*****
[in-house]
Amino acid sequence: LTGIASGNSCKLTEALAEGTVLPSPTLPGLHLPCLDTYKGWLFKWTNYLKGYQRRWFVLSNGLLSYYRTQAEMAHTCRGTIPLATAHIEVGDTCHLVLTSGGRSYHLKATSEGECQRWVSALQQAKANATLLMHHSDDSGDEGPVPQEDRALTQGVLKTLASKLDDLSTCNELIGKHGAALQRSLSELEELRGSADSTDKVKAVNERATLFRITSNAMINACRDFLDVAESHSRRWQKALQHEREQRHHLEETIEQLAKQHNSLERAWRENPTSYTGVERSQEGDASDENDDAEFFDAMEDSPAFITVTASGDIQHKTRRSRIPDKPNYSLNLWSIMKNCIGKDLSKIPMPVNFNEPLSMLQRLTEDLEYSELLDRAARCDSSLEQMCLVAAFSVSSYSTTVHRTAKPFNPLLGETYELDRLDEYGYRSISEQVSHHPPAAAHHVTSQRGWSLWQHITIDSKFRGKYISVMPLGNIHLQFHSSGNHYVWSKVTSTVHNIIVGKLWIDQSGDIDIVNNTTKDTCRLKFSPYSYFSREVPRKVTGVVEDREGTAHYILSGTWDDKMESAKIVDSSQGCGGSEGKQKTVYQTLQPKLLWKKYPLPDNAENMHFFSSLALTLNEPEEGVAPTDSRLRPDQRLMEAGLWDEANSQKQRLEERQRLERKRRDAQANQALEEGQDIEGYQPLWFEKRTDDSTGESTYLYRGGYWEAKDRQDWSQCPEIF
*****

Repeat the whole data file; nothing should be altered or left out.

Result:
[in-house]
Amino acid sequence: LTGIASGNSCKLTEALAEGTVLPSPTLPGLHLPCLDTYKGWLFKWTNYLKGYQRRWFVLSNGLLSYYRTQAEMAHTCRGTIPLATAHIEVGDTCHLVLTSGGRSYHLKATSEGECQRWVSALQQAKANATLLMHHSDDSGDEGPVPQEDRALTQGVLKTLASKLDDLSTCNELIGKHGAALQRSLSELEELRGSADSTDKVKAVNERATLFRITSNAMINACRDFLDVAESHSRRWQKALQHEREQRHHLEETIEQLAKQHNSLERAWRENPTSYTGVERSQEGDASDENDDAEFFDAMEDSPAFITVTASGDIQHKTRRSRIPDKPNYSLNLWSIMKNCIGKDLSKIPMPVNFNEPLSMLQRLTEDLEYSELLDRAARCDSSLEQMCLVAAFSVSSYSTTVHRTAKPFNPLLGETYELDRLDEYGYRSISEQVSHHPPAAAHHVTSQRGWSLWQHITIDSKFRGKYISVMPLGNIHLQFHSSGNHYVWSKVTSTVHNIIVGKLWIDQSGDIDIVNNTTKDTCRLKFSPYSYFSREVPRKVTGVVEDREGTAHYILSGTWDDKMESAKIVDSSQGCGGSEGKQKTVYQTLQPKLLWKKYPLPDNAENMHFFSSLALTLNEPEEGVAPTDSRLRPDQRLMEAGLWDEANSQKQRLEERQRLERKRRDAQANQALEEGQDIEGYQPLWFEKRTDDSTGESTYLYRGGYWEAKDRQDWSQCPEIF